The data used for the plot were the mean values shown in Table III of Widmark's 1914 paper. As is, one cannot reject the model based on just this experiment. One could try a more complicated diffusion model with a 5 compartment model including an eliminated compartment. The assumption is that the alcohol in the digestive tract flows into the blood before it flows into the remaining body tissues and the liver where it is eliminated.
The more complicated scheme may affect the peak value slightly since there will be a slightly greater concentration of alcohol in the blood than in the liver. Trying to find an equivalent circuit with fewer components will result in loss of information about the quantities of alcohol in each compartment and may confuse the situation somewhat.
To test more complicated models like the one above to see if they will product a slightly higher peak one could put together a number of electronic circuits and measure the voltage drop across capacitor CB. An alternative would be to simulate the response of a model using an electronic analog computer.
Friday, August 28, 2015
In a 1914 paper by Widmark some more data is given for the concentration of alcohol in blood and urine versus time. The two are approximately the same as was shown in some earlier experiments. The data is from Table III. I tried fitting the simplified formula and wasn't impressed by the results.
So I tried a simple analogy that compares diffusion with electrical conduction.
The capacitors act like the compartments of the 3-compartment model representing the digestive tract, D, and the blood, B. One could add a extremely large capacitor to receive the eliminated alcohol but it would act like a short circuit since it would have a minute change in voltage with the addition of a small amount of charge q. The solution for the voltage across CB is the sum of two exponentials.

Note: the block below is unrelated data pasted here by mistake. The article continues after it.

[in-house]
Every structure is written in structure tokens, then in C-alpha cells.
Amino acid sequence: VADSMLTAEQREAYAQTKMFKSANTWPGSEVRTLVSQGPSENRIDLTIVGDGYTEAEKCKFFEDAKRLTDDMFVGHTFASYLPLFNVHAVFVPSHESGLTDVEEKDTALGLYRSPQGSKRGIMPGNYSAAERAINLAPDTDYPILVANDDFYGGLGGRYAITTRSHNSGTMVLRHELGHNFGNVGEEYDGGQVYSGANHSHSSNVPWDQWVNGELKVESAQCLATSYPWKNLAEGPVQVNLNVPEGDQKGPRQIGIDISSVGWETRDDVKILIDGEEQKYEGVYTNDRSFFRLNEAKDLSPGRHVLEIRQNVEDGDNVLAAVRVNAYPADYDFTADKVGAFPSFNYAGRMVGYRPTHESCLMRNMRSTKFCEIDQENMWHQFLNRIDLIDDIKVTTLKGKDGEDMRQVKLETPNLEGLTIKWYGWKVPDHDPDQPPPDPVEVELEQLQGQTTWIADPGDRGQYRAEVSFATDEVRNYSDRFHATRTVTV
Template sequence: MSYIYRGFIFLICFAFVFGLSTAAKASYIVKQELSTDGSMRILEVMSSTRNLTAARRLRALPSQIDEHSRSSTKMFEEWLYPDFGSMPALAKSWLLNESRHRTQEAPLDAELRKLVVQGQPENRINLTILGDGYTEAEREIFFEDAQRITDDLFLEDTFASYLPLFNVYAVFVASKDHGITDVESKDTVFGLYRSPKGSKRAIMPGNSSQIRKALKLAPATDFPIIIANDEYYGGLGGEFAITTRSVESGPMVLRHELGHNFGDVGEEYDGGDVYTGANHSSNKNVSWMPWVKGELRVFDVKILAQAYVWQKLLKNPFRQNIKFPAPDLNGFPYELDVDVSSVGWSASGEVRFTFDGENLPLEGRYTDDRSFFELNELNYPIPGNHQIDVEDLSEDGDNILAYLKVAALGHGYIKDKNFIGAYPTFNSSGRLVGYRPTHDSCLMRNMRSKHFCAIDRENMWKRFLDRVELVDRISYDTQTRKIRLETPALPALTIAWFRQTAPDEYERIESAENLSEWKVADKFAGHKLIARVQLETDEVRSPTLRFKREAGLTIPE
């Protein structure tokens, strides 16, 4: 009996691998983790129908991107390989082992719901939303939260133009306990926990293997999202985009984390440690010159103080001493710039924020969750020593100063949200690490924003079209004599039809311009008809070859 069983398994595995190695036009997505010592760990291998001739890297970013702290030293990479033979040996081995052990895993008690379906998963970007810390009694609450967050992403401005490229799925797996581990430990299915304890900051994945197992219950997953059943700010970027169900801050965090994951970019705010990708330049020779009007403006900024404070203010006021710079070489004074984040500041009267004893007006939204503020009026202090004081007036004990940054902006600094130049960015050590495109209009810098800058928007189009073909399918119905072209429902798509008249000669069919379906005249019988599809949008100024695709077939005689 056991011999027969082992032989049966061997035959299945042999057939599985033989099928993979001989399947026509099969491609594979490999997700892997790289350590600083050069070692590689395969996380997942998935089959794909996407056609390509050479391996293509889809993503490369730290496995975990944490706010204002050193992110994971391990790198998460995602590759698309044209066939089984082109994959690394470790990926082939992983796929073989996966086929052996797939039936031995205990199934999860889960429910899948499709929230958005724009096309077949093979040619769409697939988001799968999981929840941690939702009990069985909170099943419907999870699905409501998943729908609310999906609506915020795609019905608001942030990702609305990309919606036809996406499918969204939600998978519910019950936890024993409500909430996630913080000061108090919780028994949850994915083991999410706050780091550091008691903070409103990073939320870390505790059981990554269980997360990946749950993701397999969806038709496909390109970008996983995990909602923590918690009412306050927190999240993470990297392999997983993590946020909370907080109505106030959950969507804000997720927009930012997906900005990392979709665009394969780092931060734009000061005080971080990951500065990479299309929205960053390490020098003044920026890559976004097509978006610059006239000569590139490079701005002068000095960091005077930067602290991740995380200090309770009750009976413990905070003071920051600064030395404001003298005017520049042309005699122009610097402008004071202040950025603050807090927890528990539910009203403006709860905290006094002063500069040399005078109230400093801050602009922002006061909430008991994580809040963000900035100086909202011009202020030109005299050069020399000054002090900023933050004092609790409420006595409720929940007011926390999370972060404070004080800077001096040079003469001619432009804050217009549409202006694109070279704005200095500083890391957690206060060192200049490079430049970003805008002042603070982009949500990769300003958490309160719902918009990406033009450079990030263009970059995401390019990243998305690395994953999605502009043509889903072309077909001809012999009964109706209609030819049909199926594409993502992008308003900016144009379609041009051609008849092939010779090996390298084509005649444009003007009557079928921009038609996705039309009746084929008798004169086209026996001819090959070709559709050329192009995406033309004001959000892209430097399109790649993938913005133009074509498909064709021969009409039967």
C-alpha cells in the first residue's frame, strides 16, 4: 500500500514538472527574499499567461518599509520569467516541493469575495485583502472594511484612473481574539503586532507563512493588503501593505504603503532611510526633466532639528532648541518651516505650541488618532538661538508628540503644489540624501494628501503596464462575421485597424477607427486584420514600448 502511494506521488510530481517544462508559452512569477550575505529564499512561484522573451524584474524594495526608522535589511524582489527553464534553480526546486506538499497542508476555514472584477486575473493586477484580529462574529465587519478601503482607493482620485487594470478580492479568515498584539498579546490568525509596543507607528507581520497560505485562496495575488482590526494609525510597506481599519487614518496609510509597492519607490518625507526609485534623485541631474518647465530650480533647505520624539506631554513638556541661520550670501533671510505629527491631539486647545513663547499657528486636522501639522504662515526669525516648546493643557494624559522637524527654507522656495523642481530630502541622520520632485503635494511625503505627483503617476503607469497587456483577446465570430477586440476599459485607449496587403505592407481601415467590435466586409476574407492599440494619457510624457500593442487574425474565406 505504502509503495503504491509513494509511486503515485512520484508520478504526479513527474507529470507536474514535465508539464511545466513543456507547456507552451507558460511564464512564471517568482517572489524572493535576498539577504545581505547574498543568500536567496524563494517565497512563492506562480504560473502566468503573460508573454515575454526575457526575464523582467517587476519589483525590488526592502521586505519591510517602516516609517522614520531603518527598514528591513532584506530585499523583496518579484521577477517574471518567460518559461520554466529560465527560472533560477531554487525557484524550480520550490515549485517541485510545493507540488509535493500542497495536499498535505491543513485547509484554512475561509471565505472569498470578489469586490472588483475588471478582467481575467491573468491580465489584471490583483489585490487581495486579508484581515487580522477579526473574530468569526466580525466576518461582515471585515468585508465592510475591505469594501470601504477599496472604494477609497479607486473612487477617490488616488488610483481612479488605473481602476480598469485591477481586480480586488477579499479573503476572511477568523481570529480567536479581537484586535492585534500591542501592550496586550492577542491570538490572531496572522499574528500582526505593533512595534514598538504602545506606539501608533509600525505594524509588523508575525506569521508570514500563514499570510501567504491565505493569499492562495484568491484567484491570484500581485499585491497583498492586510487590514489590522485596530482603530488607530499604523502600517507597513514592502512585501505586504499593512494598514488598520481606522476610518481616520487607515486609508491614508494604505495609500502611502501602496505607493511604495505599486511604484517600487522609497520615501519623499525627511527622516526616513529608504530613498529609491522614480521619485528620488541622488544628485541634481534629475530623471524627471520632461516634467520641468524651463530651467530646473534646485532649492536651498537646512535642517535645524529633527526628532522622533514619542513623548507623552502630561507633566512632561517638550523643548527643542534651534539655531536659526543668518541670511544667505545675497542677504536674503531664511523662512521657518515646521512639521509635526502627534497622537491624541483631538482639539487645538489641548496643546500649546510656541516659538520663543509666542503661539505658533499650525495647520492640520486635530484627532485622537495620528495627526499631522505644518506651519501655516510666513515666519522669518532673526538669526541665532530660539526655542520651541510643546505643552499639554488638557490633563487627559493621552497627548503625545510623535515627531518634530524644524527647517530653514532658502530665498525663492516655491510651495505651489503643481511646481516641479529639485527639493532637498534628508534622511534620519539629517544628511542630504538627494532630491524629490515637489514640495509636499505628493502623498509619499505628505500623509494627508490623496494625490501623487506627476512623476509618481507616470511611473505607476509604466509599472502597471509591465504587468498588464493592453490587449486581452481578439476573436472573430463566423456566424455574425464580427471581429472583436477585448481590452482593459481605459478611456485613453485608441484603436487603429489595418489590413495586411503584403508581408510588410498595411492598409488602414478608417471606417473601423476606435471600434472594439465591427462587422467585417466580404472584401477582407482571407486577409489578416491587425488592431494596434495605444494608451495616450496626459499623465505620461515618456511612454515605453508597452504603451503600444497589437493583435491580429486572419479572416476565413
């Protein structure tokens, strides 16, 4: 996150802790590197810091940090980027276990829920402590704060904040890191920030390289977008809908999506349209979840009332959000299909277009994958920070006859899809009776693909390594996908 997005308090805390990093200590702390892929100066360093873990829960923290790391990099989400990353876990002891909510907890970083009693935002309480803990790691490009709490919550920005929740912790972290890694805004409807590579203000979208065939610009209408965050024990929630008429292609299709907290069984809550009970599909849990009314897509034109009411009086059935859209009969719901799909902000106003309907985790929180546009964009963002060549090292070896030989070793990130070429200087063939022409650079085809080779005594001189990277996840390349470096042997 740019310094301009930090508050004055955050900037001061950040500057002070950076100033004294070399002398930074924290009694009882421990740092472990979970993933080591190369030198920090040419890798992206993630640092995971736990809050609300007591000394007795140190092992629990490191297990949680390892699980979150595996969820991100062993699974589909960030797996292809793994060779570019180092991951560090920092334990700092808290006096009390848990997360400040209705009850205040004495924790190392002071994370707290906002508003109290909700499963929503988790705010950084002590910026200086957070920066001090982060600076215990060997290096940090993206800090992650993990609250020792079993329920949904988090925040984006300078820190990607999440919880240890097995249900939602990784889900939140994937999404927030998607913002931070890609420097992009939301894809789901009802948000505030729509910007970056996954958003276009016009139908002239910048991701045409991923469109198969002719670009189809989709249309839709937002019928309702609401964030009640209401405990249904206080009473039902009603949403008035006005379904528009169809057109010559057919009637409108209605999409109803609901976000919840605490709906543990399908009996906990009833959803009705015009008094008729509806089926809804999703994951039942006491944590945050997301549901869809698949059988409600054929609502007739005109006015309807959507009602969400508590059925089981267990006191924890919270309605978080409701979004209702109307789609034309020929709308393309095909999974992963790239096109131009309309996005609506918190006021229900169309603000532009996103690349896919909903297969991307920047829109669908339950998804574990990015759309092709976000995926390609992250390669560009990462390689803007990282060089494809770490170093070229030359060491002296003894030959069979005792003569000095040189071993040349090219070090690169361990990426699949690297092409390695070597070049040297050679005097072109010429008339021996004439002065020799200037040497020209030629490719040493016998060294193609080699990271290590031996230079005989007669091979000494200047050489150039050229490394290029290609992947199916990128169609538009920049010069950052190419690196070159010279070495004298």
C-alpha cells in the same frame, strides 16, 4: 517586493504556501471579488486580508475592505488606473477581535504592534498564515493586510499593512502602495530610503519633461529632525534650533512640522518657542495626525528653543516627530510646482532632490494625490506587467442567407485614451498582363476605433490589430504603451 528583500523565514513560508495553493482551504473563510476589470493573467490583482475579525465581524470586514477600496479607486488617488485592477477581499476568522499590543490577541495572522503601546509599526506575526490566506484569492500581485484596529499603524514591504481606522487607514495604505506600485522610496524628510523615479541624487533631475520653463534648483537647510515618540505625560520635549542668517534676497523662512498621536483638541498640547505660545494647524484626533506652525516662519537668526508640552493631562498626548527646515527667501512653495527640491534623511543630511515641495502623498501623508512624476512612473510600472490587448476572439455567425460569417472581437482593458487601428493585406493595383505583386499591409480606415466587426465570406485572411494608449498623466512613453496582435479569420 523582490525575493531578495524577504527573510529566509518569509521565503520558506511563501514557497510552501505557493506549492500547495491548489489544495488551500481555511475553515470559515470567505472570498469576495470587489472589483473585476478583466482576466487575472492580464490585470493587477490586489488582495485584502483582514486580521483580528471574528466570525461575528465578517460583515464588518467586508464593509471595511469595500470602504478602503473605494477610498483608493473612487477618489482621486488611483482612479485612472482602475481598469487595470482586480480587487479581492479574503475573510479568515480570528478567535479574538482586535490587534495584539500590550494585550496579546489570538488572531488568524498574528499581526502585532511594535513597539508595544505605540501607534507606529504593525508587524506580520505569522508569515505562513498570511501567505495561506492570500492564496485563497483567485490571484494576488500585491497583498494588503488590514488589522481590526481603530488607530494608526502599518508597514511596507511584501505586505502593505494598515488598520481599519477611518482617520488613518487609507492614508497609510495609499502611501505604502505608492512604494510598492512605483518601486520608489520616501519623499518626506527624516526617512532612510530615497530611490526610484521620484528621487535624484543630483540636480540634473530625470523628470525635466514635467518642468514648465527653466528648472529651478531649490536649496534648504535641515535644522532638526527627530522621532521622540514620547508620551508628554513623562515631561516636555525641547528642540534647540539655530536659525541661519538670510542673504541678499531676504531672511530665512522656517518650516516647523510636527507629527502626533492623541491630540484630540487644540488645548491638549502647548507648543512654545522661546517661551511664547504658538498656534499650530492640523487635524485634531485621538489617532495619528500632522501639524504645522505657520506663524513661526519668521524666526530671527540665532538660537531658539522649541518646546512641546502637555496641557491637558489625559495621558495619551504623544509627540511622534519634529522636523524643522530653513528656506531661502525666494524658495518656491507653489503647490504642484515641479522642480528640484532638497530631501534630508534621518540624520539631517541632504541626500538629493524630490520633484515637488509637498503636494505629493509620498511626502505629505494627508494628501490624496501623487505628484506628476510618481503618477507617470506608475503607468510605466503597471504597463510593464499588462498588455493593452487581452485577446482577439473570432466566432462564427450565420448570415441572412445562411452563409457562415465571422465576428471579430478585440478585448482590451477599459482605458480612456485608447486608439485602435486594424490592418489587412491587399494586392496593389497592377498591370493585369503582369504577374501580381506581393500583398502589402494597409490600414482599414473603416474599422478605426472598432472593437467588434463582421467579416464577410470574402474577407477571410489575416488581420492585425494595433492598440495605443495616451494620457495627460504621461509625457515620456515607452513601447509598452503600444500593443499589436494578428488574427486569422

The new model gave a better fit. The way the circuit works is the charges on the capacitors first tend to equalize with the voltage across CD remaining slightly higher than CB and then a small current from each drains through RB. We would expect similar changes as the alcohol diffuses throughout the body.
Supplemental (Aug 29): The citation given for the article is,
Widmark, E. M. P. (1916), Über die Konzentration des genossenen Alkohols in Blut und Harn unter verschiedenen Umständen. Skandinavisches Archiv Für Physiologie, 33: 85–96. doi: 10.1111/j.1748-1716.1916.tb00107.x
Monday, August 17, 2015
One can use the formula for BAC as a function of time to estimate the recovery time after drinking a quantity of alcohol. As an example suppose an 86 kg man drinks 2 liters of 5.5% beer. Using the data below...
...we can compute a BAC curve as a function of a parameter x = λt for a more general result and compare the results with the limiting BAC value of 0.08 gm/100ml. The equation that we need to solve is derived as follows. γ is the BAC converted to mass using the individual's effective fluid volume, Vfl, divided by the mass of alcohol consumed, Am.
Mathcad can easily solve the transendental equation for x given γ as follows. The advantage of using x is the curve is the same no matter what the individual's λ value is.
Solving the corresponding BAC curves for right intersection point gives the recovery parameter x values for the BACs above the BAC limit. One may have to use Newton's method for approximating the zeros of a set of equations for each pair of mass and drink quantity.
If λ = 0.33/hr, the value for nondrinkers, the corresponding number of hours that it will take for an individual's BAC to drop below BAC limit are as follows. The zeros in the tables are for BACs below the BAC limit so there are no "recovery times."
For comparison note that three 12 fl.oz. bottles of beer is 36 fl.oz. and a gallon is 128 fluid ounces.
Supplemental (Aug 18): The tables above were computed for men with a Widmark ρW of 0.7 liter/kg. Women can use the same tables if they use a body mass reduced by 6/7 = 0.86. A gender neutral table would replace the body mass with the effective fluid volume Vfl.
Supplemental (Aug 20): The fit to Schweisheimer's data was fairly good considering the simple model assumed but all the subjects consumed the same amount of alcohol and therefore we can't really say that Widmark's formula for the peak BAC was validated. The amount of data was also limited and as a result we didn't have accurate knowledge of true shape of the curve to be fit. Consequently, we shouldn't be surprised if our estimates of the recovery times are off somewhat.